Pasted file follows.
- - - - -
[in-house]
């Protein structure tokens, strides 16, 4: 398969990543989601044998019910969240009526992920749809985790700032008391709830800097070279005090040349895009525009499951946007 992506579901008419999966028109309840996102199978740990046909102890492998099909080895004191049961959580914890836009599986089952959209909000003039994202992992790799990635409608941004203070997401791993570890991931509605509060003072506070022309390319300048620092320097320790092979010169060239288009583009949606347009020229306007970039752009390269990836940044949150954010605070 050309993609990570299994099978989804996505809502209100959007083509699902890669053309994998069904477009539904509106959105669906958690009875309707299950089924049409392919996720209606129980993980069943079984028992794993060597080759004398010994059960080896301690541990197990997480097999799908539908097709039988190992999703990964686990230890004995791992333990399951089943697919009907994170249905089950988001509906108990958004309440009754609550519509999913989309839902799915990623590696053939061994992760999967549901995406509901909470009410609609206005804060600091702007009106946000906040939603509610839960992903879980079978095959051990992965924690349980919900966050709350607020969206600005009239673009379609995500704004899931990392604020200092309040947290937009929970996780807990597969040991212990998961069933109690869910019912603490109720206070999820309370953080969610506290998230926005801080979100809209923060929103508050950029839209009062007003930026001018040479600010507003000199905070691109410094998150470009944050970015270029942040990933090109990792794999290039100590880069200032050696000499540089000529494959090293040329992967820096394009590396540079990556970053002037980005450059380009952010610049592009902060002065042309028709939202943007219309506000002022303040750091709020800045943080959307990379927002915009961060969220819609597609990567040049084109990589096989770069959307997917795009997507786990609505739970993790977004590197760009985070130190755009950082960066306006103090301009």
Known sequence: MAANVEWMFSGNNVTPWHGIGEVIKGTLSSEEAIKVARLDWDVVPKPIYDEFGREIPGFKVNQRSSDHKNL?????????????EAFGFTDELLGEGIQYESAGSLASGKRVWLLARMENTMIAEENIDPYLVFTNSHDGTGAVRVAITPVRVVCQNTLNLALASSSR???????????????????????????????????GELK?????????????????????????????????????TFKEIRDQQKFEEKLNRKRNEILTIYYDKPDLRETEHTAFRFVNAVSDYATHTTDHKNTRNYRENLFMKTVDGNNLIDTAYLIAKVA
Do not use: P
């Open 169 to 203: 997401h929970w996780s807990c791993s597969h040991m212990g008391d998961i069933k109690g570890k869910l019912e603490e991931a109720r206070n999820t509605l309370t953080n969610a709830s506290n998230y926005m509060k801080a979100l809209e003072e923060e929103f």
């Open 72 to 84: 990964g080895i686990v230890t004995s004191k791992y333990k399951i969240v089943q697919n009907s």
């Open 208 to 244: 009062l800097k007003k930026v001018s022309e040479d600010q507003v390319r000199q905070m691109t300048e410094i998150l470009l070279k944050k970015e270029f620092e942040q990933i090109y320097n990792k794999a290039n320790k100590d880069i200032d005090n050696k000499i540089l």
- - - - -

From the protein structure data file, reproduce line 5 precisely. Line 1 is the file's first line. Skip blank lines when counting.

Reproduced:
């Open 169 to 203: 997401h929970w996780s807990c791993s597969h040991m212990g008391d998961i069933k109690g570890k869910l019912e603490e991931a109720r206070n999820t509605l309370t953080n969610a709830s506290n998230y926005m509060k801080a979100l809209e003072e923060e929103f």